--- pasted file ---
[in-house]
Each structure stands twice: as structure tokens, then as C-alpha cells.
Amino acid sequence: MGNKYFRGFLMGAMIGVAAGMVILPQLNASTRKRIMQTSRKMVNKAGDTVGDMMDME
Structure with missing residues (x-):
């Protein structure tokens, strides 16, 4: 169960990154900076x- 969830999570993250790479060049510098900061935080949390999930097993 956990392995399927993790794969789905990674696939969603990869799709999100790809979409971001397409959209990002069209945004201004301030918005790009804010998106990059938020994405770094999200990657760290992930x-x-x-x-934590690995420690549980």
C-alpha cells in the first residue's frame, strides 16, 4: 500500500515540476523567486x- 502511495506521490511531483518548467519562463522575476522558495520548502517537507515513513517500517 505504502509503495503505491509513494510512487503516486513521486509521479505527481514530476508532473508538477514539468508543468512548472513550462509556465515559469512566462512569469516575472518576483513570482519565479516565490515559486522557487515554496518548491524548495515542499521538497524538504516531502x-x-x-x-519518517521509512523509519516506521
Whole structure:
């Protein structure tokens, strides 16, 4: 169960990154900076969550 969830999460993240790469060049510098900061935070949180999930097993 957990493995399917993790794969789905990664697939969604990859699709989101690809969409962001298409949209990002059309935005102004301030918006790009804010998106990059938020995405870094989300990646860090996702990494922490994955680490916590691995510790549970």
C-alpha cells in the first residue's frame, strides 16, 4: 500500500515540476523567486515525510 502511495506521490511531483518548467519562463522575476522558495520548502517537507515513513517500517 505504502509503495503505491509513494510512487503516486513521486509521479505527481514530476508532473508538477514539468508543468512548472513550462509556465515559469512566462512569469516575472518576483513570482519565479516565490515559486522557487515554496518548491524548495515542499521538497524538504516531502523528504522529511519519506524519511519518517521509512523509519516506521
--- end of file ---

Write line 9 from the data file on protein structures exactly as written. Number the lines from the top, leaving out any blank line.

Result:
C-alpha cells in the first residue's frame, strides 16, 4: 500500500515540476523567486515525510 502511495506521490511531483518548467519562463522575476522558495520548502517537507515513513517500517 505504502509503495503505491509513494510512487503516486513521486509521479505527481514530476508532473508538477514539468508543468512548472513550462509556465515559469512566462512569469516575472518576483513570482519565479516565490515559486522557487515554496518548491524548495515542499521538497524538504516531502523528504522529511519519506524519511519518517521509512523509519516506521